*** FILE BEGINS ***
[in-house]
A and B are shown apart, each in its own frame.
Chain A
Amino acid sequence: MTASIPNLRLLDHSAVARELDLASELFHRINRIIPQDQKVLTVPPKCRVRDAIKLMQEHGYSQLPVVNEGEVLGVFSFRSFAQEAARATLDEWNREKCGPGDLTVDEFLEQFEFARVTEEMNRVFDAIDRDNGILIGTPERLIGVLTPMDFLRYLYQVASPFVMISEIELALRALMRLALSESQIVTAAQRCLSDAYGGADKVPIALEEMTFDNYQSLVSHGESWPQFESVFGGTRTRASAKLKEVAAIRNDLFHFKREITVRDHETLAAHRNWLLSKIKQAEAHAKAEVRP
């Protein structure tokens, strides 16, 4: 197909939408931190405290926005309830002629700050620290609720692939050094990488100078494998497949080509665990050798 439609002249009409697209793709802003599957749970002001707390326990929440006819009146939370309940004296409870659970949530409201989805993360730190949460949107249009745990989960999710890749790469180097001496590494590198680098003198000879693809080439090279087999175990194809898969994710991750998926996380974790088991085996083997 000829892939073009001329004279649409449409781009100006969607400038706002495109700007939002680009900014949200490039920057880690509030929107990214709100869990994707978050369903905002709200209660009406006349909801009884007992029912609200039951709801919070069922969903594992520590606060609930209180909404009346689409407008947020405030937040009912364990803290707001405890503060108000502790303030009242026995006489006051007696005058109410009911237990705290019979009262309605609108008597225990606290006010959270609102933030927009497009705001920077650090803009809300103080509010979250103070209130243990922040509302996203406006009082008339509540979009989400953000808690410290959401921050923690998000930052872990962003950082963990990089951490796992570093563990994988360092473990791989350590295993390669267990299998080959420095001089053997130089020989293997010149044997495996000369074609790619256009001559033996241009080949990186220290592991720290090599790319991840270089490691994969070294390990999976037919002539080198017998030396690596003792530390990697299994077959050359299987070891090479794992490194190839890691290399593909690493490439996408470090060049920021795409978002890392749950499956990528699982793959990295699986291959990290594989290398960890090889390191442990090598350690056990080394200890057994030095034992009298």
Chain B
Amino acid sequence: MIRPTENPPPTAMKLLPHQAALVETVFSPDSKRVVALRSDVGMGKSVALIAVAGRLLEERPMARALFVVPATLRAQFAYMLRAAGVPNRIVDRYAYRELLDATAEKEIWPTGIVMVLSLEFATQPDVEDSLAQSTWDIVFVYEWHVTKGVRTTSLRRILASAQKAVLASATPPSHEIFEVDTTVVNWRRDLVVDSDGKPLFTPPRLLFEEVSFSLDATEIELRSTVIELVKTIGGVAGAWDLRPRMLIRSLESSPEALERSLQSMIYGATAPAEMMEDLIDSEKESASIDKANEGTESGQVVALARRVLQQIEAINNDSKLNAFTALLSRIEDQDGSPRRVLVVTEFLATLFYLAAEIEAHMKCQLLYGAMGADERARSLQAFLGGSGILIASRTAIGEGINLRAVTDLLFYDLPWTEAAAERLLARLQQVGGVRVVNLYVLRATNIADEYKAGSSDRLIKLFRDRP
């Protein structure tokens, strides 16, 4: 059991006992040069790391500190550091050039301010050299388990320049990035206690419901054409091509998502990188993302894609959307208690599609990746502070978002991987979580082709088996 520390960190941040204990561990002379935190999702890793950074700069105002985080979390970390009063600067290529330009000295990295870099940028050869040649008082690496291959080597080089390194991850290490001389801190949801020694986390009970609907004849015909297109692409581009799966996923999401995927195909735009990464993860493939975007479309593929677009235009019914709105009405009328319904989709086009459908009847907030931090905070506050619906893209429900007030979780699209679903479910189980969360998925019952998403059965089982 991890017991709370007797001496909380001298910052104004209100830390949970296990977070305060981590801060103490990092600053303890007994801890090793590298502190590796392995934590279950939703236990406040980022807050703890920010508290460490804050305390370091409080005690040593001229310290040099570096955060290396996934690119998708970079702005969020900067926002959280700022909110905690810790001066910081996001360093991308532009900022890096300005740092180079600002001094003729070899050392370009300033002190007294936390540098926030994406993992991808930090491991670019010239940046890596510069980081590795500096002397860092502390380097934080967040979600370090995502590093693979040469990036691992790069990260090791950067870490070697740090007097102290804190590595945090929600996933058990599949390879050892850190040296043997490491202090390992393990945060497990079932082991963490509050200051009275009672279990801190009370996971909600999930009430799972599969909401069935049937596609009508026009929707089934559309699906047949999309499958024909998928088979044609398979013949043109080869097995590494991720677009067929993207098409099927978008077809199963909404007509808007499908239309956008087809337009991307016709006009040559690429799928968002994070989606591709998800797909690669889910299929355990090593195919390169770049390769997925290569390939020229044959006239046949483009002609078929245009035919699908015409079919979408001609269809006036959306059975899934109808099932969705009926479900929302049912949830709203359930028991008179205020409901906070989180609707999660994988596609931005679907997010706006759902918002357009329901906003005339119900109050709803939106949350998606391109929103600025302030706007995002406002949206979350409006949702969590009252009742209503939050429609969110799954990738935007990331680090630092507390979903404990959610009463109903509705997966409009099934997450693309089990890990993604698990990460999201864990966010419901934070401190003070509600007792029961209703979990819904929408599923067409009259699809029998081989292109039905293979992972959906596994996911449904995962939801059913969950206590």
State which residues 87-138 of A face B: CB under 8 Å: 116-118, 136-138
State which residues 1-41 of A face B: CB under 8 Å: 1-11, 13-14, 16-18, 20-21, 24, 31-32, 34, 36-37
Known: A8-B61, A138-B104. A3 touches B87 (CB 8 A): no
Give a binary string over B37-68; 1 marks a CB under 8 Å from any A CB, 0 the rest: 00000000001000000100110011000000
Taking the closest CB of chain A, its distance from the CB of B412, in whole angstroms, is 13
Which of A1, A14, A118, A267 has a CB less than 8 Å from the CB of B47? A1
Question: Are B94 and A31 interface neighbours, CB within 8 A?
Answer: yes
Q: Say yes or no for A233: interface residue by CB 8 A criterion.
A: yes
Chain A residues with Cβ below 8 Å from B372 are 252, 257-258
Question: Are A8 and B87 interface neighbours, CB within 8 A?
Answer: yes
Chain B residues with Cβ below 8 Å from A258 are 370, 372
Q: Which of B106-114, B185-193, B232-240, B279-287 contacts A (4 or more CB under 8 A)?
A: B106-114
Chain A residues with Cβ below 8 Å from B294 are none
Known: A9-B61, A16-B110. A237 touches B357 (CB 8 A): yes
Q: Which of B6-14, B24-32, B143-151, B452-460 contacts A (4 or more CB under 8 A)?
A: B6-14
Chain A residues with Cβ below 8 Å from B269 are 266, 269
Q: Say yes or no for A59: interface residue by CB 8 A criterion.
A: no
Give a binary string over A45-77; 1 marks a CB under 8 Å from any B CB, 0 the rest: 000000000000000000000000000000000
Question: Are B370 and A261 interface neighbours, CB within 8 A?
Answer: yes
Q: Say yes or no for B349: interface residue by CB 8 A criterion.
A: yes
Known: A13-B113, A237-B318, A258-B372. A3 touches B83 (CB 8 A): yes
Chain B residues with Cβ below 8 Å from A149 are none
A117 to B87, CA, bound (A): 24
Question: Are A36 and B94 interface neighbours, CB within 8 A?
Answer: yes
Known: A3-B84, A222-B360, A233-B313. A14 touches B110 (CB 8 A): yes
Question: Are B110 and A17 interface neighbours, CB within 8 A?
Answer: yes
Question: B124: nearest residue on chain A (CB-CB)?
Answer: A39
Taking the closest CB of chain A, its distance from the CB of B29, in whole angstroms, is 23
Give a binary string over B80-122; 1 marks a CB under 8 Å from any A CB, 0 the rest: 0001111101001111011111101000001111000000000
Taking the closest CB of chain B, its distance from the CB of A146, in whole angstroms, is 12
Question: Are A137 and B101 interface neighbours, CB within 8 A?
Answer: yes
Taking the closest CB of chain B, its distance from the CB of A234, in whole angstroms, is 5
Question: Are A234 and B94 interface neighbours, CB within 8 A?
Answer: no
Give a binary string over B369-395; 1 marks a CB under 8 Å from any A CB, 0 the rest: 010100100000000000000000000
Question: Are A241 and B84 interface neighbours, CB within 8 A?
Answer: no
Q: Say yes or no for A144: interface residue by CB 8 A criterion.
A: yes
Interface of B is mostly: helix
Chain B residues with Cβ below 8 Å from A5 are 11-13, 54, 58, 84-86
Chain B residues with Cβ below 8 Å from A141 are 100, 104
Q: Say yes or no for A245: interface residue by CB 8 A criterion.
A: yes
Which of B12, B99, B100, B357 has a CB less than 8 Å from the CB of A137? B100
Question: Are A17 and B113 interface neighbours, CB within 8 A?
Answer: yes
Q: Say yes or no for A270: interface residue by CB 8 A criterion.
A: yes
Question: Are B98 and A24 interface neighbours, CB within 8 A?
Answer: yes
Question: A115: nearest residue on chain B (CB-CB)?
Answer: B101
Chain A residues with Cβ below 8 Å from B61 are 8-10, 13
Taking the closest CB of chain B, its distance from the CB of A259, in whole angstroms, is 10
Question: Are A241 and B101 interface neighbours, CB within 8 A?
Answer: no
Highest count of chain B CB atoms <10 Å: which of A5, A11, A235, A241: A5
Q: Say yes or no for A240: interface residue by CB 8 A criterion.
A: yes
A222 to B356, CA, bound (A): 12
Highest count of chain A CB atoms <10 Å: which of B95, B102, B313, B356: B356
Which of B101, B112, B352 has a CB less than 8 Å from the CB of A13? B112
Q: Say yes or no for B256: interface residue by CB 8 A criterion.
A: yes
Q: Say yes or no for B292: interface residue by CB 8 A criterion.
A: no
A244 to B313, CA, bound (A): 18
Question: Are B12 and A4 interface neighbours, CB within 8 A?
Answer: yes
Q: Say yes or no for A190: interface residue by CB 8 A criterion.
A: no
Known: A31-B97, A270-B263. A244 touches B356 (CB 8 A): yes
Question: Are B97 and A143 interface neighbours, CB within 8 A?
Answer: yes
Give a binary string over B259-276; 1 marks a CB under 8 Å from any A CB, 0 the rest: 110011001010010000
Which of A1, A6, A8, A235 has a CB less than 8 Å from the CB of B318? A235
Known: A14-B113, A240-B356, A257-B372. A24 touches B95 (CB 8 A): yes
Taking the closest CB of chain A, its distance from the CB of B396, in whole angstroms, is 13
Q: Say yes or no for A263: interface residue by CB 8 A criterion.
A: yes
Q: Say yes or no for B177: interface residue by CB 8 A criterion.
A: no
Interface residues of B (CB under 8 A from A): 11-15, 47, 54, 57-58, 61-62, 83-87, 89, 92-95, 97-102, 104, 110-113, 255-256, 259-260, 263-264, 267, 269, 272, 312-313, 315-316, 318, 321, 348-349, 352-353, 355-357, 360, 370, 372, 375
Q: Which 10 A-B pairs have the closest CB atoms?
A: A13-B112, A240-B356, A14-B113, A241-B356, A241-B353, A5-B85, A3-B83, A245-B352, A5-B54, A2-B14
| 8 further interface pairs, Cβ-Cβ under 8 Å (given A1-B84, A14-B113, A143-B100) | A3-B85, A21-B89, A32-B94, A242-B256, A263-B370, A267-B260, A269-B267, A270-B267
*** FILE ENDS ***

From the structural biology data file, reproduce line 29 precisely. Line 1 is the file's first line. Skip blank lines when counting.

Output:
Chain A residues with Cβ below 8 Å from B269 are 266, 269